Residents from the village of Pennal in north Wales have been allowed to return to their homes following a breach in a reservoir dam.
It is thought that the breach may have been caused by a landslide.
North Wales police said the pressure on the dam had been reduced by a controlled release of water, and workers were continuing to reduce the water level.
It was estimated that about 100 households had been affected.
Some 80% of residents had left their homes, some of whom had gone to the local leisure centre.
North Wales Fire and Rescue Service said: "Over the course of the day, we've been able to undertake two releases of water from the reservoir.
"Subsequently, contractors and the landowner have created a permanent channel in the reservoir which is allowing the water to dissipate naturally and at a steady rate.
"Based on that information and survey from specialist pump operators on the scene, we were able to give the advice through North Wales Police that residents were able to return to their homes."
The service said it had been dealing with about six million gallons of water.
Earlier, superintendent Andy Jenks-Gilbert said an evacuation was carried out as a "precautionary measure".
In other parts of the country, about 1,000 people who had to abandon their homes and caravans when floods struck West Wales are starting to return to their homes.
They spent the night in refuge centres after a month's rain fell in 24 hours, in what Environment Agency Wales called an "unprecedented event".
Fire crews, coastguard lifeboats and military helicopters were all deployed when water swept through several caravan parks and villages. Around 150 people had to be rescued.
Tracey Office from North Herefordshire has been staying with her son in the family caravan at Llandre, five miles north of Aberystwyth, for half-term.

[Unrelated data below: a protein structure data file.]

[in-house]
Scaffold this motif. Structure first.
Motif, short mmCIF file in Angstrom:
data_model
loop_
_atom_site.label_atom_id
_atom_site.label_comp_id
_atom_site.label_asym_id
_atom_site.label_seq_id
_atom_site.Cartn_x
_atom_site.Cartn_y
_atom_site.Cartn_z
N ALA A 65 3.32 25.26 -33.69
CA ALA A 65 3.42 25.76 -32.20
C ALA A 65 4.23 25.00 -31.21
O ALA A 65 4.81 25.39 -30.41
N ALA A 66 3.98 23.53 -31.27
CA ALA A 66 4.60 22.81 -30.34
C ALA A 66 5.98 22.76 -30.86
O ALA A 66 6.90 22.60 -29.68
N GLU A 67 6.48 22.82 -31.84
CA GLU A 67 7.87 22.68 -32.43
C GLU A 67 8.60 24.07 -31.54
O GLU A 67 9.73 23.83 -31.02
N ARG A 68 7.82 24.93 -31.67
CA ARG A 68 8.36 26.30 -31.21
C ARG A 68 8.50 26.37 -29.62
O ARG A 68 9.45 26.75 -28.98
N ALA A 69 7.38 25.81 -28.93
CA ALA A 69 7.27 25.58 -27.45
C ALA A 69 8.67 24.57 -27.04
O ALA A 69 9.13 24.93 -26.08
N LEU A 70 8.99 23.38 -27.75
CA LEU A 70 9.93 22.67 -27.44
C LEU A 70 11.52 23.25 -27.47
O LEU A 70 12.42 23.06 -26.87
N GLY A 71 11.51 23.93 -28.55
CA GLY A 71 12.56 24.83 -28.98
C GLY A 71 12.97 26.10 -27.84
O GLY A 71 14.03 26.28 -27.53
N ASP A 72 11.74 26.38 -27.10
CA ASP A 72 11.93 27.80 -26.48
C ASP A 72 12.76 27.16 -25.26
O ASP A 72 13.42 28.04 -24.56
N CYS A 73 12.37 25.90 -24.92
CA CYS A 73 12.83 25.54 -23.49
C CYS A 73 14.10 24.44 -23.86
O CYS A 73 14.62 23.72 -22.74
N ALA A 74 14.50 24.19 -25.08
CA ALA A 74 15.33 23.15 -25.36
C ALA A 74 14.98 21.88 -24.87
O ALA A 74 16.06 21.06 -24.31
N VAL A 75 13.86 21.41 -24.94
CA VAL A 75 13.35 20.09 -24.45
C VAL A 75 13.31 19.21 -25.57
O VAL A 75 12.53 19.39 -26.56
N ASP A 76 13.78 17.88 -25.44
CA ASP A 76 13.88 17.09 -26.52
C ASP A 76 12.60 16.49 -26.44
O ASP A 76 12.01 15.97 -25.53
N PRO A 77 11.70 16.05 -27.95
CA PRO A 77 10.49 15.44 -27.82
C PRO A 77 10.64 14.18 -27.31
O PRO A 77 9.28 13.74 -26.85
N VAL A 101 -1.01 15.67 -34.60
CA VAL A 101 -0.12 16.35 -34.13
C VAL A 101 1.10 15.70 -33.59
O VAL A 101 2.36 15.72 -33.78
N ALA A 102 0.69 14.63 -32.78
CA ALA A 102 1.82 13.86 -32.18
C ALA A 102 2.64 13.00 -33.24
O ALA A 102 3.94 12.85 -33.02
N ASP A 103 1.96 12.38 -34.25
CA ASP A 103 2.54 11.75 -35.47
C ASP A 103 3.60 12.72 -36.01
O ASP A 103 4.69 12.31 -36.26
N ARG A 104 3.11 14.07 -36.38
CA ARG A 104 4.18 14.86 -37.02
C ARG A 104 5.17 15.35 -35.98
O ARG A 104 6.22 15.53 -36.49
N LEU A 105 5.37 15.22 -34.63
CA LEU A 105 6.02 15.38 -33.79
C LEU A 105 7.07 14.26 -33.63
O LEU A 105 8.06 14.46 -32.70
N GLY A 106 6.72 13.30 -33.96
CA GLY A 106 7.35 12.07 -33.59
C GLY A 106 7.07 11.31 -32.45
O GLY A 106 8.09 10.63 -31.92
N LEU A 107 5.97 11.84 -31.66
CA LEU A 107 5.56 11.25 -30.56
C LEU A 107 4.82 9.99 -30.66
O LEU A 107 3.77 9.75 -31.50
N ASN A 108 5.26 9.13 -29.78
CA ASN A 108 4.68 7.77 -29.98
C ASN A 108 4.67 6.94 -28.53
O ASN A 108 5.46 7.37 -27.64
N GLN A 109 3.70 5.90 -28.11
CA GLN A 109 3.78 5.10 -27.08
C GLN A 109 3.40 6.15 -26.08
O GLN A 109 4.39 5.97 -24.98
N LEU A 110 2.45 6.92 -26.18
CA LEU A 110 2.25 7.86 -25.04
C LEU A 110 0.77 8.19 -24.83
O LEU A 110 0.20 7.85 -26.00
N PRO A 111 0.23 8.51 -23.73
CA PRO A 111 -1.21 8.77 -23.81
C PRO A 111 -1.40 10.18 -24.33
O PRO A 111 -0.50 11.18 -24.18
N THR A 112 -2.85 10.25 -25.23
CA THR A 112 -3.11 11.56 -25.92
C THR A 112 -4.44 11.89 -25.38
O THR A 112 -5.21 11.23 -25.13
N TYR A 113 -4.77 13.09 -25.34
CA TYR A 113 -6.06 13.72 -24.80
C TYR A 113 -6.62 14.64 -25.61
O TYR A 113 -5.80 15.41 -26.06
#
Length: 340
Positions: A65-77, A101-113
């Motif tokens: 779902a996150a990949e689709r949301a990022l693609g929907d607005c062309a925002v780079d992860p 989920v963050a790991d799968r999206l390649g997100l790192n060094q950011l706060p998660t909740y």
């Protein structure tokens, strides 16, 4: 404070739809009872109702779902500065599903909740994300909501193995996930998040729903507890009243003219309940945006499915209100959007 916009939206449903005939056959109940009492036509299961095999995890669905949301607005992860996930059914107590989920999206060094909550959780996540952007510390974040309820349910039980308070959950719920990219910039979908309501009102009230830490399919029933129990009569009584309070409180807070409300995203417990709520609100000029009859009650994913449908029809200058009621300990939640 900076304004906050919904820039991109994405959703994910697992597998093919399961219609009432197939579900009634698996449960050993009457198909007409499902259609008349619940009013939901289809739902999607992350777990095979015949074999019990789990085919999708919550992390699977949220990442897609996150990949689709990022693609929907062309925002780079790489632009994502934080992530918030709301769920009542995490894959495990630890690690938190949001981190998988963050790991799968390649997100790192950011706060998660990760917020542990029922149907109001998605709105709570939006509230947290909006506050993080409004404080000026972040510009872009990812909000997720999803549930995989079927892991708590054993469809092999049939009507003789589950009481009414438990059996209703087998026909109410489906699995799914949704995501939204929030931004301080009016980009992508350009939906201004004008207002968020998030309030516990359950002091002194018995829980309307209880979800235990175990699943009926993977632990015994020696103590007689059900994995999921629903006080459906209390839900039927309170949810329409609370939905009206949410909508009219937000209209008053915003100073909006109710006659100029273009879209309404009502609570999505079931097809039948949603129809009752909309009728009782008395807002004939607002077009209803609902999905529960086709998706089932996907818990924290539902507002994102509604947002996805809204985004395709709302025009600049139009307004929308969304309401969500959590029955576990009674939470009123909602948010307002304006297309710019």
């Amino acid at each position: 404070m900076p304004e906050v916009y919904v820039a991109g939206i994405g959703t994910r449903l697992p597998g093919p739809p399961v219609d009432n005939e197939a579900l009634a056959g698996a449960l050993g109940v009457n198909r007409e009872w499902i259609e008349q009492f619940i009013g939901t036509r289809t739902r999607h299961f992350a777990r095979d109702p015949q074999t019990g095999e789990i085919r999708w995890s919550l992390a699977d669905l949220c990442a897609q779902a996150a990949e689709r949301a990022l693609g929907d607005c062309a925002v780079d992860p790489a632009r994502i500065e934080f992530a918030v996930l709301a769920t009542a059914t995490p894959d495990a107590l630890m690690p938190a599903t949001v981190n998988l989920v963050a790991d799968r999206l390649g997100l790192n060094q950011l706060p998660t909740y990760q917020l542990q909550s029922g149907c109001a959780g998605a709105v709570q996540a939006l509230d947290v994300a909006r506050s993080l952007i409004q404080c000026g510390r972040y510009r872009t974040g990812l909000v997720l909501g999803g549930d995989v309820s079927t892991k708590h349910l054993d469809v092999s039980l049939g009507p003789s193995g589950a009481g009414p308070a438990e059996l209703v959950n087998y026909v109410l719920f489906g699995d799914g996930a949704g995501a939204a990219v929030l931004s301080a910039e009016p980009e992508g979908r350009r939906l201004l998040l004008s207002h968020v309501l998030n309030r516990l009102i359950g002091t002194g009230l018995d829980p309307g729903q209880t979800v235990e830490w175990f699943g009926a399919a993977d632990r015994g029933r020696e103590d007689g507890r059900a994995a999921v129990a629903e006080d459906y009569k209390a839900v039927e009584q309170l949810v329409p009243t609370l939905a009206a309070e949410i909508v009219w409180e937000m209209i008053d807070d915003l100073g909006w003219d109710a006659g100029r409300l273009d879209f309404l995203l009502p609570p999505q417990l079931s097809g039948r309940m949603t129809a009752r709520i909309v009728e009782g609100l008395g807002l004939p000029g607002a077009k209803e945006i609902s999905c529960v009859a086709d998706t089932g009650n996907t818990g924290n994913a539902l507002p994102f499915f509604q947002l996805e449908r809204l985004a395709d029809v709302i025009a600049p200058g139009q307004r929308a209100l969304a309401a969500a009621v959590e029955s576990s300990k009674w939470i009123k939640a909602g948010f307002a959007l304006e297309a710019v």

They left the site on Friday because she was worried about rising flood waters. She returned on Sunday morning to find the caravan completely destroyed.
"It's horrible," she said. "The water has been halfway up the caravan. It's a write-off. At least we were insured, but many of our friends weren't. They've lost everything."
The family has been coming to the site for three years.
"We loved it here," she said, "but I don't think we'll be coming back now."
Although the weather forecast is improving, a flood warning remains in place on the River Teifi at Lampeter and Llanybyther.
Main roads throughout Ceredigion are now open with care apart from the B4353 between Ynyslas and Tre'r Ddol which remains closed.
A section of the A487 north of Ceredigion remains closed at Derwenlas.
Mid and West Wales Fire and Rescue Service is warning people to stay away from flood water - and to avoid driving through it.
Several people are still having to be rescued or are getting into difficulties.
Three major bridges have been damaged and roads remain closed, so motorists are asked to avoid the Aberystwyth area if possible.